One

Avantasia – “Cry Just A Little” (Youtube link)

One of my favorite bands, and one of my favorite stories told through music. I’ve talked about The Scarecrow before, and I devoted considerable space to this song. But that’s because it deserves every word of praise I can give. It’s hard to do a metal ballad right. It’s even harder when that ballad also has to tell the story of a man rejected by society and willing to sacrifice his very soul for one shot at the life and love he dreams of.

The nameless protagonist begs not to be loved—he believes himself unworthy of that—but simply to be acknowledged. Why don’t you at least lie and say that you care, or that you even know I’m there? Believe me, I’ve been there many times. I don’t believe in the existence of demons or devils, unless you count the evil men and women of the world. There have been times, though, that I wished I did, if only to make the same offer of myself.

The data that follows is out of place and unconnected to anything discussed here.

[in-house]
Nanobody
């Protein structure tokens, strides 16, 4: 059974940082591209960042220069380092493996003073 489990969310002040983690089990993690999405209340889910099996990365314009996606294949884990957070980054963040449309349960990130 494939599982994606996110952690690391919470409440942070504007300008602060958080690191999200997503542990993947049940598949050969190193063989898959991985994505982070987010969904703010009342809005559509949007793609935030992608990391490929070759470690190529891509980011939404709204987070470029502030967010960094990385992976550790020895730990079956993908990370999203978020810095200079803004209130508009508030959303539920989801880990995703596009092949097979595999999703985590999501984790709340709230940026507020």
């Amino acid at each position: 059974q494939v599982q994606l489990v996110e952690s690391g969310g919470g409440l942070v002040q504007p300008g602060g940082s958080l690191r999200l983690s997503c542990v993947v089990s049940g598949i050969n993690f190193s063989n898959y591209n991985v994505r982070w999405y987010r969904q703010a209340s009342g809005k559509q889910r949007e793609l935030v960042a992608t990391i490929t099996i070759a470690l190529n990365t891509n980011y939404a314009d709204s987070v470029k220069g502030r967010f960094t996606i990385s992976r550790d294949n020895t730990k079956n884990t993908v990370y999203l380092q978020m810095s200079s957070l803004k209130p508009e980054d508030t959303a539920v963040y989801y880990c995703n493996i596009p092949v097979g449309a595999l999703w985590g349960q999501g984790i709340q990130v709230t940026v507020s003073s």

It’s not about love or fame or wealth. It’s about being remembered. It’s about having someone who cares enough to remember you. Too many people don’t have that, and I often wonder if I’ll number among them when the time comes.

Two

Breaking Benjamin – “Dear Agony (Aurora Version)” (Youtube link)

I specify the Aurora version of this song solely because of Lacey Sturm’s angelic vocals. “Hauntingly beautiful” is a phrase I use too often, but it’s very appropriate here.

Again, I’ve mentioned this song before on here. I’ve used it as a post title, added in the lyrics, and referenced it multiple times. I’ve dreamed myself and the woman I love singing it together. That’s how much it has affected me in the scant two years since its release.